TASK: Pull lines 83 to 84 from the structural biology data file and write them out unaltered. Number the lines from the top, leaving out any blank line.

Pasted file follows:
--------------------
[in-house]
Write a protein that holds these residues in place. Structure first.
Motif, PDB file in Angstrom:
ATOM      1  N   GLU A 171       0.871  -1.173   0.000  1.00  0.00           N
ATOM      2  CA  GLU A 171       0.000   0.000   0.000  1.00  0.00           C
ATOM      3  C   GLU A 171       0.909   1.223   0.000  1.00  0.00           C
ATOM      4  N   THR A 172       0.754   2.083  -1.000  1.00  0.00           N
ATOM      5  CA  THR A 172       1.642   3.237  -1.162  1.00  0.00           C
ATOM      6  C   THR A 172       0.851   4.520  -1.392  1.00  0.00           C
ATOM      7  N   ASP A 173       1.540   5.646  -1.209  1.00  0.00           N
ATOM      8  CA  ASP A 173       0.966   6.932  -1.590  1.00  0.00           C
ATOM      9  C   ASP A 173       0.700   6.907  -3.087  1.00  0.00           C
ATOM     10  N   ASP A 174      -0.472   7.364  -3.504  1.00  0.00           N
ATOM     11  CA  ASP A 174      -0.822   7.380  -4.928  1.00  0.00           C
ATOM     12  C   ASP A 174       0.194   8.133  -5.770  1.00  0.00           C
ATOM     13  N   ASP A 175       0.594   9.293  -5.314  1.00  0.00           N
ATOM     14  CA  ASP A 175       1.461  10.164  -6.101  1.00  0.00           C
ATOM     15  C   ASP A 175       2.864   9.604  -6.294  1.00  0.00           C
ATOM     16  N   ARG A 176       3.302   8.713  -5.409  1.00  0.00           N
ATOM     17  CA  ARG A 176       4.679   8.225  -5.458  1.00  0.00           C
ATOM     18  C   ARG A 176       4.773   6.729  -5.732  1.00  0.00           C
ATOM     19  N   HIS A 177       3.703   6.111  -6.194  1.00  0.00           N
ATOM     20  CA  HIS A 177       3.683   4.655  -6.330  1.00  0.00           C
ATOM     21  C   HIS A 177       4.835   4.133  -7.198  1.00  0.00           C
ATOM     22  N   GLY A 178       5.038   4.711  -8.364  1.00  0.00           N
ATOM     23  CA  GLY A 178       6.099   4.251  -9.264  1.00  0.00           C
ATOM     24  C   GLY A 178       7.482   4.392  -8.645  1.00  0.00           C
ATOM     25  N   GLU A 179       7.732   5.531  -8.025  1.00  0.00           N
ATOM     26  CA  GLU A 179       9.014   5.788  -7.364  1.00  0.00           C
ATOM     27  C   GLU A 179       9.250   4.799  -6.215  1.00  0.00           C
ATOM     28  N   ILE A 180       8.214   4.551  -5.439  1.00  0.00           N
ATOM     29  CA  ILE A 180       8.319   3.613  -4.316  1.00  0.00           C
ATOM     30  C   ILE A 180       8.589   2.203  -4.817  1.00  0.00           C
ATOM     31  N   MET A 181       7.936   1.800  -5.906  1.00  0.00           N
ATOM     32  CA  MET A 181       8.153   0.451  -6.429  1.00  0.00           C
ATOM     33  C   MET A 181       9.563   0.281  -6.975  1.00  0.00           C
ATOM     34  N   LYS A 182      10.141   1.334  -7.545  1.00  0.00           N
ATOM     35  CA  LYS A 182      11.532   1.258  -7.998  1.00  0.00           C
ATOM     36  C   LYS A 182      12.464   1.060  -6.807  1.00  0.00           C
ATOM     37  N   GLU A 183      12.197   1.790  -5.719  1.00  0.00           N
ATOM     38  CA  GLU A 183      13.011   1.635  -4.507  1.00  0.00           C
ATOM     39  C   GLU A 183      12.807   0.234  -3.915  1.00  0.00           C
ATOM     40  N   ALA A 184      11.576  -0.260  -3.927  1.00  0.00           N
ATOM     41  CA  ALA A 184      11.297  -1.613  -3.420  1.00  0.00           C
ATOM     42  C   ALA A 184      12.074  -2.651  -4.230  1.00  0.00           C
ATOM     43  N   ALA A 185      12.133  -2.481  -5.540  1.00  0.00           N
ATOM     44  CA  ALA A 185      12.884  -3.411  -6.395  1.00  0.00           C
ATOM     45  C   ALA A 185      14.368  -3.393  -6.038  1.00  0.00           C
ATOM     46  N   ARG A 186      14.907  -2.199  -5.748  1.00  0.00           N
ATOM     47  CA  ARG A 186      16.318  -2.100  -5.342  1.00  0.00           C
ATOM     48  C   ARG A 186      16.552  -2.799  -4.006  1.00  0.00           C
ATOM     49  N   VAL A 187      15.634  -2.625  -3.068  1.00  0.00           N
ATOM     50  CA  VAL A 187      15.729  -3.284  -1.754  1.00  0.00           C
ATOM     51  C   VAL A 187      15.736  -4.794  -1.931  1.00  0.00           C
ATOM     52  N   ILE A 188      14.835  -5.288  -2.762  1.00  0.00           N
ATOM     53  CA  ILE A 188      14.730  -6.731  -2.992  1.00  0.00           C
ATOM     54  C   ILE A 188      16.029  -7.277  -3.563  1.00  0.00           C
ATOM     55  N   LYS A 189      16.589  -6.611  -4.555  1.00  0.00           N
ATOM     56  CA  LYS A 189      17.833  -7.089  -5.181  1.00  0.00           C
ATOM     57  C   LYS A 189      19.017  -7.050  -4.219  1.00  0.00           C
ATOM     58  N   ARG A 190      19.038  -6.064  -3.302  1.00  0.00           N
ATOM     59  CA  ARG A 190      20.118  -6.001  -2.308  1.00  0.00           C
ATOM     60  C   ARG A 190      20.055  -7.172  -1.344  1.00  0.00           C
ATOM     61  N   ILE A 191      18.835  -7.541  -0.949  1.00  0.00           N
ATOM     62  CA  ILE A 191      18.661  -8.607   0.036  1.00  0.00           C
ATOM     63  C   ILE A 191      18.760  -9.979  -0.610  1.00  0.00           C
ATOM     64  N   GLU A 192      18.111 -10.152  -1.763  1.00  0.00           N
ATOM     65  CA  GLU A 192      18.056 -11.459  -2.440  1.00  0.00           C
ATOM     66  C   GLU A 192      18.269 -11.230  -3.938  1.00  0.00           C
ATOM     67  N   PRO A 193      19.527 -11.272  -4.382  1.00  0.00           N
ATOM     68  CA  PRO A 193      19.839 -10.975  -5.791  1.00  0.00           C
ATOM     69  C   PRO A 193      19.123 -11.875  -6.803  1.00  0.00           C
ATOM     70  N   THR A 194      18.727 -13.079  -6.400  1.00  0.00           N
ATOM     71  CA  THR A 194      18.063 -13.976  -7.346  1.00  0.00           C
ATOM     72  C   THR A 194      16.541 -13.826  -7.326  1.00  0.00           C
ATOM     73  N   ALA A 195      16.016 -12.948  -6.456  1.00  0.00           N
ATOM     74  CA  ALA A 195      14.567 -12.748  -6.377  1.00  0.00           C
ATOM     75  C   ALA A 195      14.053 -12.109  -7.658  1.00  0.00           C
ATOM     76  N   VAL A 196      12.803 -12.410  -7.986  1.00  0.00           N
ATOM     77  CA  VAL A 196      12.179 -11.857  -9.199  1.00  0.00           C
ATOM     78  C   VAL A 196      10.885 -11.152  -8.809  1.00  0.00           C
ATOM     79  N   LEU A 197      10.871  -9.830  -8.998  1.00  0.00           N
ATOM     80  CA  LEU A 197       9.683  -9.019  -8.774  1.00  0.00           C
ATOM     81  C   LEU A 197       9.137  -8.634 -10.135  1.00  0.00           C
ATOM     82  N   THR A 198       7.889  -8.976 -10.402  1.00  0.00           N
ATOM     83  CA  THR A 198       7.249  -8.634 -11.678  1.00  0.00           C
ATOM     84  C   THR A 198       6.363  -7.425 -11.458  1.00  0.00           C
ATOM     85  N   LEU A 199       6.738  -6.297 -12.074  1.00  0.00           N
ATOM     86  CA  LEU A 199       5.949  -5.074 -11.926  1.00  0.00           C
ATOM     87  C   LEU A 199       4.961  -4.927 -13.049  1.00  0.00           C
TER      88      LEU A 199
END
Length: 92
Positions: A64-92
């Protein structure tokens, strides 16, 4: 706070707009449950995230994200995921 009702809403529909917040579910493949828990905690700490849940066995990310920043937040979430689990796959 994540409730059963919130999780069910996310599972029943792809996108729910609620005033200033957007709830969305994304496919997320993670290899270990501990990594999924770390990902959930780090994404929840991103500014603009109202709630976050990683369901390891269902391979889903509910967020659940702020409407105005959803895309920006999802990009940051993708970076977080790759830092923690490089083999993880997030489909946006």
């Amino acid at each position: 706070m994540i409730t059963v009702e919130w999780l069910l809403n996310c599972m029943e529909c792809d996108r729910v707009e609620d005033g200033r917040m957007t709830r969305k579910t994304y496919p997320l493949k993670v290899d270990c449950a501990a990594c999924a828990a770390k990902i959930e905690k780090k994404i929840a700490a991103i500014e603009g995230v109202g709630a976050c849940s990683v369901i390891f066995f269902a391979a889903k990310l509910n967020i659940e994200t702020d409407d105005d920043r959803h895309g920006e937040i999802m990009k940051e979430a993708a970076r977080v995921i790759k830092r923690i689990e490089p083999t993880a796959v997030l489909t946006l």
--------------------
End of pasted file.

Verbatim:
ATOM     80  CA  LEU A 197       9.683  -9.019  -8.774  1.00  0.00           C
ATOM     81  C   LEU A 197       9.137  -8.634 -10.135  1.00  0.00           C